ValueWalk

Gold Isn’t Money

I drive men mad for love of me.

Easily beaten, never free.

What am I?

Why, you’re gold, of course.

Indeed, the metal is many things to many people. But one thing it’s not: money.

istara / Pixabay

That comes as a surprise to some people.

Over the years, in reader letters about acquiring, transporting or storing gold, I’ve noticed that many folks assume gold to be money. From that they extrapolate to all sorts of false conclusions about how they should manage their ownership of the metal.

Some even miss out on major opportunities as a consequence.

Gold isn’t money … and that makes an enormous difference when it comes to wealth management strategies…

What’s Money … and Why Does It Matter?

Those of you with an interest in bitcoin probably know about the long-running debate over whether the virtual currency is a form of money or a nonmonetary asset.

Government agencies, the IRS and the courts have all grappled with this issue from time to time. It’s important for several reasons … all of which apply equally to gold bullion.

Money — currency, a legal tender issued by a sovereign authority like the U.S. government, including face-value gold coins — isn’t regarded as an asset. It’s just a store of value, a unit of account and a means of exchange.

Because governments issue money, governments have a unique interest in keeping tabs on it … such as when you take it into or out of the country, or store it in a foreign financial institution, or use it for a large transaction. That’s why they impose such stringent reporting requirements on it.

On the other hand, governments don’t normally tax appreciation in the value of money. If you have an account denominated in Swiss francs and its value increases vis-à-vis the dollar, boosting its buying power, it’s not considered a capital gain.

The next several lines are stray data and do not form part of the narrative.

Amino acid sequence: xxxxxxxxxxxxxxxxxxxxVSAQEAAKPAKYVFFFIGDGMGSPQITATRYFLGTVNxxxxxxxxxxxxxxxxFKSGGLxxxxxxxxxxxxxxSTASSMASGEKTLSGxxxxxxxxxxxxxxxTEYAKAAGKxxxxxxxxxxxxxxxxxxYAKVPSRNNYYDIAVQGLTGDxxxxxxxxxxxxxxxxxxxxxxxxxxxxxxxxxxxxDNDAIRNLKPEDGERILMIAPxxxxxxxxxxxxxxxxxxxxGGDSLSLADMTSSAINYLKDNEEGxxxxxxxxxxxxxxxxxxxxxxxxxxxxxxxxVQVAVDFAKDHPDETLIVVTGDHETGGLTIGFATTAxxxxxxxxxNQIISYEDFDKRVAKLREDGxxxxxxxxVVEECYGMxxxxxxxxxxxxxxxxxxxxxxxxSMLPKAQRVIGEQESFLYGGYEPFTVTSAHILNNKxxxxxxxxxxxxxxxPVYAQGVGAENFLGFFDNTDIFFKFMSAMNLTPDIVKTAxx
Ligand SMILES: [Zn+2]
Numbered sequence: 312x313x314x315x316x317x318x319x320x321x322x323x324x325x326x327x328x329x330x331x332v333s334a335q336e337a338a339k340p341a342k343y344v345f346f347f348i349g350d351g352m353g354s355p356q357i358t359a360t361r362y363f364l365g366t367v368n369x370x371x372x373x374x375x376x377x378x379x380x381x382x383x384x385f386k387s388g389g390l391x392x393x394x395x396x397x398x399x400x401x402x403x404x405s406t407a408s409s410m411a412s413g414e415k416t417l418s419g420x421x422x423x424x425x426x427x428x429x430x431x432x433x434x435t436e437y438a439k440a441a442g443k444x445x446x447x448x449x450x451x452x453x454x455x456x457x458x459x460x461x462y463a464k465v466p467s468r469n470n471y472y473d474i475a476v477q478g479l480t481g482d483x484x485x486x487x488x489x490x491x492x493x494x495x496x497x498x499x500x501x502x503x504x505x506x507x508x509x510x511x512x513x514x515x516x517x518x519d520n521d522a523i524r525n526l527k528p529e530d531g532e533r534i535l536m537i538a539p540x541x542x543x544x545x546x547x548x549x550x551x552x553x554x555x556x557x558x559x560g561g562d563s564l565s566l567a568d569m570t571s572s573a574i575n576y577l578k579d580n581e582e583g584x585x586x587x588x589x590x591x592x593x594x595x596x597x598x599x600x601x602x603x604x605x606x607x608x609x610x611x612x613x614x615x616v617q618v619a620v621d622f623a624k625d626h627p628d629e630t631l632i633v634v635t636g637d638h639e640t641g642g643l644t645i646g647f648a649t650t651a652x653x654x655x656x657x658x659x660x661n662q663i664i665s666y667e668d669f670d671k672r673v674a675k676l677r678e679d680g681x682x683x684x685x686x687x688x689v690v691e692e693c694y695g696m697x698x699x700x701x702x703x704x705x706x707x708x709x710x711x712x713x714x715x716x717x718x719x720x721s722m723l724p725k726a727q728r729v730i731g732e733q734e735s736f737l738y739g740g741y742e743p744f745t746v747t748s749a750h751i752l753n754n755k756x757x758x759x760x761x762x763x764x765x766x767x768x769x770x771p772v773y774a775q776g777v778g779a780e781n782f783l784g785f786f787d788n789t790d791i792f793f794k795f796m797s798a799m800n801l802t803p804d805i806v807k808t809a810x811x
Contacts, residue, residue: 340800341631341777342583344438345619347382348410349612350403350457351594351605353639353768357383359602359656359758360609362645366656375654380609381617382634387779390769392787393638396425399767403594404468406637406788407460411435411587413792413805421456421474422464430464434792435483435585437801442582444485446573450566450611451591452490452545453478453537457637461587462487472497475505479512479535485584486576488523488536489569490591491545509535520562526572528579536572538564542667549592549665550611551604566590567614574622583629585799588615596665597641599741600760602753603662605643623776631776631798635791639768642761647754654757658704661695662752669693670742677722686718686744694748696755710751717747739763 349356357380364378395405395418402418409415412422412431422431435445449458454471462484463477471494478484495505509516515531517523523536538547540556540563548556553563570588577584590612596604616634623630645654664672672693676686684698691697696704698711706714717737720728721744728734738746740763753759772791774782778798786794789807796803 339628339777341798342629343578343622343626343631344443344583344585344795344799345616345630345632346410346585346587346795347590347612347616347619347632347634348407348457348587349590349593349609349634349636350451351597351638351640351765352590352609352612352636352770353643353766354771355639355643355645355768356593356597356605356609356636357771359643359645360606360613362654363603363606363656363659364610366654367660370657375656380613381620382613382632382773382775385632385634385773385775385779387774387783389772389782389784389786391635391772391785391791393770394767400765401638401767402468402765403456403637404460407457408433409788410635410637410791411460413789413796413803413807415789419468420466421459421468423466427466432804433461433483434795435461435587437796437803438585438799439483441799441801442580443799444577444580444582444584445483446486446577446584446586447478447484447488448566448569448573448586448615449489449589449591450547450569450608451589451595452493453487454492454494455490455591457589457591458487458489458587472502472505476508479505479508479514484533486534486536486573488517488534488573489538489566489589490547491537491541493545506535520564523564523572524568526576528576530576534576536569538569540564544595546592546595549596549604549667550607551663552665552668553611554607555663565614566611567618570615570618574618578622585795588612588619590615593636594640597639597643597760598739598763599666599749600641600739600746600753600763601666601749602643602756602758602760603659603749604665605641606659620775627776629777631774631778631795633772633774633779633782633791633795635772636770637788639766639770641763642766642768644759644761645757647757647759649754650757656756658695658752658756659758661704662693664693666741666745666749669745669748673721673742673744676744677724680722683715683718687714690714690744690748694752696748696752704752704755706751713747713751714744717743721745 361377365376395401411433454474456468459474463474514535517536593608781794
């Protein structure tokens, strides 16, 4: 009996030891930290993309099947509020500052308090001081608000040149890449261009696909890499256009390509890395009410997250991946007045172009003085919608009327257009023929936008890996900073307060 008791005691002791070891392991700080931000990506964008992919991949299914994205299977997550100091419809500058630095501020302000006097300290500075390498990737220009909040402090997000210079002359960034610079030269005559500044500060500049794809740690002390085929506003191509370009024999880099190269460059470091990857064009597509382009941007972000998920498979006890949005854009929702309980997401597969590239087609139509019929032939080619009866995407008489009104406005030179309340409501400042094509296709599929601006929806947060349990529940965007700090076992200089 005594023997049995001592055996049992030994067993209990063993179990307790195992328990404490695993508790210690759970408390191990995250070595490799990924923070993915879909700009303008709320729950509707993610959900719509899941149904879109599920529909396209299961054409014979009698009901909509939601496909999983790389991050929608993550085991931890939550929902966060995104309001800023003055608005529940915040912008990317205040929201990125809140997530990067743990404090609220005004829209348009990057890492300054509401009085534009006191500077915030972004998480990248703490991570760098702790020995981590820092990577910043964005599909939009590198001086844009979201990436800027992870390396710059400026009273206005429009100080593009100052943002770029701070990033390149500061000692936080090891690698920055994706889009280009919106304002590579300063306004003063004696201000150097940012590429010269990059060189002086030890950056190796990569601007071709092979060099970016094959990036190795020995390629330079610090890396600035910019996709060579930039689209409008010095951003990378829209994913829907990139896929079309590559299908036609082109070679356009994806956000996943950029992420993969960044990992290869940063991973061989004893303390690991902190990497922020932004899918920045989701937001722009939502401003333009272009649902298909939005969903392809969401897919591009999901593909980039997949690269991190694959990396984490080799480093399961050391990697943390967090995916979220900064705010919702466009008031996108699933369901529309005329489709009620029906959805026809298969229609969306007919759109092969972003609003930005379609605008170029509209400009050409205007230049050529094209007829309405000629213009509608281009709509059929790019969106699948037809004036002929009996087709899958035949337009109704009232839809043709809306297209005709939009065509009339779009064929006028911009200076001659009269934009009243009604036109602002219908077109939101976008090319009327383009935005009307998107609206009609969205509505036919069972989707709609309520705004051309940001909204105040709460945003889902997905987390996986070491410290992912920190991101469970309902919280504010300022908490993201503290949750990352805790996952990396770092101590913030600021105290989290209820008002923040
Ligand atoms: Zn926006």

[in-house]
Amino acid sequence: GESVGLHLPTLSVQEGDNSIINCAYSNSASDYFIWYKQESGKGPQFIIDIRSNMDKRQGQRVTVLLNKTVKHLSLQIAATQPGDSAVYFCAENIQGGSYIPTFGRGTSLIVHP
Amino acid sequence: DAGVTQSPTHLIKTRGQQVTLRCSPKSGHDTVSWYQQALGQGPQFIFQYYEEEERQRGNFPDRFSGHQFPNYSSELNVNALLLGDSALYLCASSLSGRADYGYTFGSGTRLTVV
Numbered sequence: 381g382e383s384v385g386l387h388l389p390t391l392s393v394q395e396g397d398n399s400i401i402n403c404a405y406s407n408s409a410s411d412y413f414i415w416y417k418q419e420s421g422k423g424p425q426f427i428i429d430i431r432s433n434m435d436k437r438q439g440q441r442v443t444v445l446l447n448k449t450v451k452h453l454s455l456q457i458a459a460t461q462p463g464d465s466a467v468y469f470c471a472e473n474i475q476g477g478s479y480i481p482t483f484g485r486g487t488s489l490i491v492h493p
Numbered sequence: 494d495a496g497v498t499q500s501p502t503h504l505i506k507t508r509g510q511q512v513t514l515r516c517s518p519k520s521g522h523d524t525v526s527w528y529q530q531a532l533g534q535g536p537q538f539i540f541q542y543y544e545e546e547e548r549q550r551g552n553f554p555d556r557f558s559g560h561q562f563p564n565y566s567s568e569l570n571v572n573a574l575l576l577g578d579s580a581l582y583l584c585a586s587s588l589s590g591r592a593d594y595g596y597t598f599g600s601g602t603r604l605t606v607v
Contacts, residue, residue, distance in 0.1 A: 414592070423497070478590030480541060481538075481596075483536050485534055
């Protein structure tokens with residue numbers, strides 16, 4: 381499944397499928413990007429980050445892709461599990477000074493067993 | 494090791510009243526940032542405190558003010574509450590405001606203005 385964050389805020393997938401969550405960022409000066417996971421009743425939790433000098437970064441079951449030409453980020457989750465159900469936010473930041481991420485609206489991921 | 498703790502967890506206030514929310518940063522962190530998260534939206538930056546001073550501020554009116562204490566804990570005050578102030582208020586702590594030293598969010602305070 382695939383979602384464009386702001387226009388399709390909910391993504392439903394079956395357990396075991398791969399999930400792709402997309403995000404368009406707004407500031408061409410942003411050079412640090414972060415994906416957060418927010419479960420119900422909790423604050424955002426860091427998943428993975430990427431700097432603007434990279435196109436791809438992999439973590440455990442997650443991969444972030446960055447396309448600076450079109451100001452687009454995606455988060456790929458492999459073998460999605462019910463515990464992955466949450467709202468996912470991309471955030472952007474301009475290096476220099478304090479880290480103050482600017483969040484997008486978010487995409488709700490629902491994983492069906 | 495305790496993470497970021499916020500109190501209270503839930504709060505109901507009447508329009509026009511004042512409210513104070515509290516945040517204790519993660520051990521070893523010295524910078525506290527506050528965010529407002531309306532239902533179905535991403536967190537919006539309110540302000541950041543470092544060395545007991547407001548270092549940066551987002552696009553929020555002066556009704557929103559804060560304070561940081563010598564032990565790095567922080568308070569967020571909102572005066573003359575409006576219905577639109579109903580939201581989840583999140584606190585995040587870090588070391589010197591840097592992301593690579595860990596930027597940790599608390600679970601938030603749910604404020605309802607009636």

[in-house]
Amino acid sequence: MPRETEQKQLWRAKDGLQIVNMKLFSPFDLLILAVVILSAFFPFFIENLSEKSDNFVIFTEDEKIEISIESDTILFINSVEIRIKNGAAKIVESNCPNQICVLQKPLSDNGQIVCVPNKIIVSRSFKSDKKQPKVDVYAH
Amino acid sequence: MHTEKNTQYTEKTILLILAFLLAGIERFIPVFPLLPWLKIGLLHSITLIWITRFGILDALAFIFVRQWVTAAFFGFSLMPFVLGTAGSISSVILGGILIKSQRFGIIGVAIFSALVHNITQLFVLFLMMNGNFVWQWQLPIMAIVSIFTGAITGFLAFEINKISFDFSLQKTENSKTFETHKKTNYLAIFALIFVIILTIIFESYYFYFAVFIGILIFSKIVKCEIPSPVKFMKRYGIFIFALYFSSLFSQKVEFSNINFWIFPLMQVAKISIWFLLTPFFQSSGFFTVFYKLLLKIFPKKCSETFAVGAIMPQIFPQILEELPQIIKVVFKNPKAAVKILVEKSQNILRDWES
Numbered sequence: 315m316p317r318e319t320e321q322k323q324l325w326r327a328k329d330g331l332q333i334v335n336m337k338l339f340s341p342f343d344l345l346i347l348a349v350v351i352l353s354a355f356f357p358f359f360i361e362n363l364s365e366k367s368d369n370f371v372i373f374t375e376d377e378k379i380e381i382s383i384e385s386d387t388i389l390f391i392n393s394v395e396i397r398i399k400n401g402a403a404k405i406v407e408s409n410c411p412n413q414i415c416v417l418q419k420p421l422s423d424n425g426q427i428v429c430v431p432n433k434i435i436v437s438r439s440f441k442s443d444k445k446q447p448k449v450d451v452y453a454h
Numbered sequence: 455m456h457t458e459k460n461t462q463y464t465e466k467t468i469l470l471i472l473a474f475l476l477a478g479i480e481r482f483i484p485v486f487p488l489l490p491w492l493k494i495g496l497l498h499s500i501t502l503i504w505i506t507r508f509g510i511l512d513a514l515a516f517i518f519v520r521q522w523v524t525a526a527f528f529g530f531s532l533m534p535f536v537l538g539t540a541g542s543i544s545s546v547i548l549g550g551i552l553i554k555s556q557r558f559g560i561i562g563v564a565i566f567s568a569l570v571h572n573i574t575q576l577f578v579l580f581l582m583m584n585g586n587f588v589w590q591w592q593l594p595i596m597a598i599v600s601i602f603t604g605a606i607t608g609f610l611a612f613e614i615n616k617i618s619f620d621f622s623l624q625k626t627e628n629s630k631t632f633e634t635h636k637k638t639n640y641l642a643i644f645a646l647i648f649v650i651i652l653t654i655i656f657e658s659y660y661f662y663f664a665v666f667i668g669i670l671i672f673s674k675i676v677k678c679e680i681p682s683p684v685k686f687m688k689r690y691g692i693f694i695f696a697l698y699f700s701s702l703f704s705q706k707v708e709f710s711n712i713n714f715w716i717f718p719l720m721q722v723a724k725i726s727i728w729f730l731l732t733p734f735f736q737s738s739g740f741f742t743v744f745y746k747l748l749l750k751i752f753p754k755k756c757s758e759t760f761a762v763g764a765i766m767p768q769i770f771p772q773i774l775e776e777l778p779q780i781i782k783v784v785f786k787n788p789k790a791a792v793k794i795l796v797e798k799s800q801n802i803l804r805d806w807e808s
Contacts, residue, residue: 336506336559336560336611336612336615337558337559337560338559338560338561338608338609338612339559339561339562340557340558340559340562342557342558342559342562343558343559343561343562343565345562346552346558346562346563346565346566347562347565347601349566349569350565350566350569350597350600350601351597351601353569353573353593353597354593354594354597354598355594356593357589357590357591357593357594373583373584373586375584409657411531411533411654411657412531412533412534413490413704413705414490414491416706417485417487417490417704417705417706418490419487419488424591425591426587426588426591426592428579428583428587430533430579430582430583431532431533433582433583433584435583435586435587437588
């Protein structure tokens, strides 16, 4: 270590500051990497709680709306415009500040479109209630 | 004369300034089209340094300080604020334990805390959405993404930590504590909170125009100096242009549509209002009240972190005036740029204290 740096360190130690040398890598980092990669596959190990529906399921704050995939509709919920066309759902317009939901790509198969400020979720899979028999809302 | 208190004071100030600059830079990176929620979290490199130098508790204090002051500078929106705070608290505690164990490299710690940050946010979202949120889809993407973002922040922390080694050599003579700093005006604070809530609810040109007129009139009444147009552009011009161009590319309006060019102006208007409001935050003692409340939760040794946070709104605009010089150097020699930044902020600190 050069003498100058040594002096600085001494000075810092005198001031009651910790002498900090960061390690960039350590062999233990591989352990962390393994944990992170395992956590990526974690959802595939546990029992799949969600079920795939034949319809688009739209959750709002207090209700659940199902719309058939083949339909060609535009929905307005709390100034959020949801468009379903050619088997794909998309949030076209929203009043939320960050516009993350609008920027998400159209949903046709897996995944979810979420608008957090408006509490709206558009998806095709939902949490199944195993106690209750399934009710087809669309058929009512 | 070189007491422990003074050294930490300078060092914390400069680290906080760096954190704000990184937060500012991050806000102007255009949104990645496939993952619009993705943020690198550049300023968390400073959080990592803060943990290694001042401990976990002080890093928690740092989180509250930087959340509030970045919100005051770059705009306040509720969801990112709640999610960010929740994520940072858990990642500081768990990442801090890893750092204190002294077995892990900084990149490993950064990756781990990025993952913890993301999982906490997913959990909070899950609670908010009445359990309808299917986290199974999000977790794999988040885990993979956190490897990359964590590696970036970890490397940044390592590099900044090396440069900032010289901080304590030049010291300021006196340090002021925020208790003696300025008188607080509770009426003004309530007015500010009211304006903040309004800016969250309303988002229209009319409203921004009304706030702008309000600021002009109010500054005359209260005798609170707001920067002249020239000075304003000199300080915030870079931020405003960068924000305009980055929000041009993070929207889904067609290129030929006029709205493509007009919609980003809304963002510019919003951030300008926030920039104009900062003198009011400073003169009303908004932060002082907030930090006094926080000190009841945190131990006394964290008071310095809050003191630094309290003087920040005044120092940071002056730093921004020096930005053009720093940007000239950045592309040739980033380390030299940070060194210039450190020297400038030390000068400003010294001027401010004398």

The same would apply to bitcoin, or gold, if they were considered forms of money … hence the debate.

The Bullion Advantage

But bullion gold — gold that hasn’t been minted into legal tender coins, which is treated as money — is an asset, not money, and that matters … a lot.

Let’s review some of the key differences.

The Universal Asset

Looking at gold bullion as an asset rather than a financial instrument illuminates its role in wealth management strategies.

Lots of people speculate successfully on price movements in gold. Some even invest in funds like the SPDR Gold Trust (NYSE Arca: GLD). (Although that doesn’t count as owning gold in my book — it’s just paper.)

But by far the bulk of the world’s gold bullion is doing precisely what assets should do in any smart wealth-management strategy: storing value securely over the long term as a hedge against the slings and arrows of markets in financial instruments such as stocks, bonds and the like.

Gold bullion is the ultimate “set it and forget it” strategy. If you haven’t “set it” yet by accumulating some of the yellow metal that “drive[s] men mad for love of me,” now’s the time to start.

Kind regards,

Ted Bauman

Editor, The Bauman Letter

P.S. Another avenue for adding physical gold to your portfolio is the EverBank non-FDIC insured Metals Select® Allocated Account. It’s a great way to increase your own economic power. It allows you to purchase specific coins and bars, and it’s even IRA eligible (gold and silver American Eagle coins only).

For the sake of full disclosure, we receive a marketing fee based on our relationship with EverBank. But, honestly, we’d work with them regardless.